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While at school there are ways to get hands-on learning in digital technology.  This might be through an in-class, after-school or community-run programme. 


Here are some examples:

  • Code Club teaches how to create games, make and design websites and code interactive stories

  • ShadowTech offers students in years 9-13 a first-hand look at what a day in the life of a tech professional is like

  • Tahi Rua Toru Tech runs a digital challenge for students to help solve problems in their school or community using digital technologies

  • Girl Boss provides networking opportunities, internships, and workshops

  • OMG Tech offers workshops, resources for school and home, and youth mentorship

  • TechHub brings people working in digital technology into schools to talk about the work they do

  • Game Tan, Gamefroot, and Get into Games Aotearoa! introduce tech through the development of games

  • The Electric Garden uses gardening to teach digital technology concepts

  • Recycle a device teaches how to refurbish a laptop, that is then donated to someone in need
  • Code Avengers offers Code Camps and programmes for at home or in school learning

  • Ko Māui Hangarau inspires rangatahi to get into tech, through a summit featuring some of the best Māori tech innovators and entrepreneurs

  • Kiwibots helps students to learn science, technology, engineering and mathematics (STEM) in a fun and engaging way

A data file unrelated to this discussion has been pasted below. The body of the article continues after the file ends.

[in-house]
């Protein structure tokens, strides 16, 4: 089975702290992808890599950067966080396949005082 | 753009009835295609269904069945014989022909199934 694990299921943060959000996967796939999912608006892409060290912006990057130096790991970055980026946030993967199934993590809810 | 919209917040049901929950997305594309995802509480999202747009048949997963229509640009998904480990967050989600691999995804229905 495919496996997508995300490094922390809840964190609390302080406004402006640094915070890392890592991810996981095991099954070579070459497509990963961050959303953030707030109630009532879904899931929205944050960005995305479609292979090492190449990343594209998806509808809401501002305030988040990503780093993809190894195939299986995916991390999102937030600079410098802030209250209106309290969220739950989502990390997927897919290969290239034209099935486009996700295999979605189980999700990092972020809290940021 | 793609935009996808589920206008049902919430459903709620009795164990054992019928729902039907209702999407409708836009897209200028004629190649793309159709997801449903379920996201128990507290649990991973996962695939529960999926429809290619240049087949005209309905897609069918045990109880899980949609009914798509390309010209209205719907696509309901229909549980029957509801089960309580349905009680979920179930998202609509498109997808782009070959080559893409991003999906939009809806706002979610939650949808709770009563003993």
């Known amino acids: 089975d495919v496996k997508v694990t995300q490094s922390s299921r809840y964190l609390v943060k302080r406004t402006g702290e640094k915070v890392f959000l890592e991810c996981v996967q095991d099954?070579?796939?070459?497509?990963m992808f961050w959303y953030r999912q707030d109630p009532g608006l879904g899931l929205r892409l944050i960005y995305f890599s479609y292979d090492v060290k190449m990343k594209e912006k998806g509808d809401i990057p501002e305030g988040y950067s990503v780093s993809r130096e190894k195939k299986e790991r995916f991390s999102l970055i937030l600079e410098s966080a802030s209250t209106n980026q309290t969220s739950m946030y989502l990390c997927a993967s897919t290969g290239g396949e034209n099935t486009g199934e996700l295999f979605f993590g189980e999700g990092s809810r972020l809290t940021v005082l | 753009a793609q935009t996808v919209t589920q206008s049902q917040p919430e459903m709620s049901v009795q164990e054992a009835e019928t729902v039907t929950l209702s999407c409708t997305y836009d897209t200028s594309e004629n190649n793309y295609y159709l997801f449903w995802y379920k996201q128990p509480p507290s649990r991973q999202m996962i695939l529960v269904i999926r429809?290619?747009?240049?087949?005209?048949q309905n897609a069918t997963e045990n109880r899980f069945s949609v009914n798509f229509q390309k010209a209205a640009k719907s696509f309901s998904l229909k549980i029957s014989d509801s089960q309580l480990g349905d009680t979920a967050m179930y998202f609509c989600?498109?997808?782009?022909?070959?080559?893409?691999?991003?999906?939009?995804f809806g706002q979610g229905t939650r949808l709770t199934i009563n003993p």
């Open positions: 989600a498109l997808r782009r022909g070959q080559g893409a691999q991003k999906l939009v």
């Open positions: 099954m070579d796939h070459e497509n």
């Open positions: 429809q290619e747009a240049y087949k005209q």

• She# connects women in technology, bridging the gender gap in STEM industry.

​​There are also programmes that count towards a qualification, provide work experience, or the possibility of a job.  Some of these programmes are only available through specific schools or in particular regions.  Examples include:

  • Hau Tutu in South Auckland, partnering with tech organisations on a career pathways programme

  • Fusion Networks and Tamaki College, offering paid IT internships and the possibility of permanent employment

  • IBM P-Tech Programme and Manurewa College, with a year 10 taster programme, and intergrated school and tertiary coursework alongside work ready skills

  • The Catalyst Open Source Academy (Wellington), a two week holiday programme for secondary school students to learn about, and work with, Open Source Technologies

  • Huakiarangi, a personalised programme (with Hoani Waititi Kura) providing support to get ākonga Māori into tech

  • 3bagsfull, internships providing on the job skills training and introduction to the tech sector

  • HCL Technologies TechBee programme, with foundation training on IT essentials and a Year 13 work integrated programme

  • The Kalinda Tiaki Foundation Kura Start Internship Programme.  This programme is for full time secondary students in immersion schooling in Aotearoa New Zealand.  Training is divided between school, home studies and a part-time internship.  Kura Start is a pipeline into the Apprenticeship Start in Australia, bringing together models of indigenous education success

  • NCEA credit courses offered through polytechs and private training providers such as the Youbee College of Creative Innovation and Techtorium.  Techtorium offer short introductory courses in Engineering, Coding and Game Making, AI and Digital Literacy.

If there are other programmes you know about, contact us at and we will add them to the list. 

Most of the programmes mentioned are funded by NGOs, government agencies, corporates and schools.  Some may require a financial contribution.  Scholarships may be available to help meet the costs of specialised programmes and equipment, such as Toloa (for Pacific students).  You can find information on scholarships for Māori learners here.

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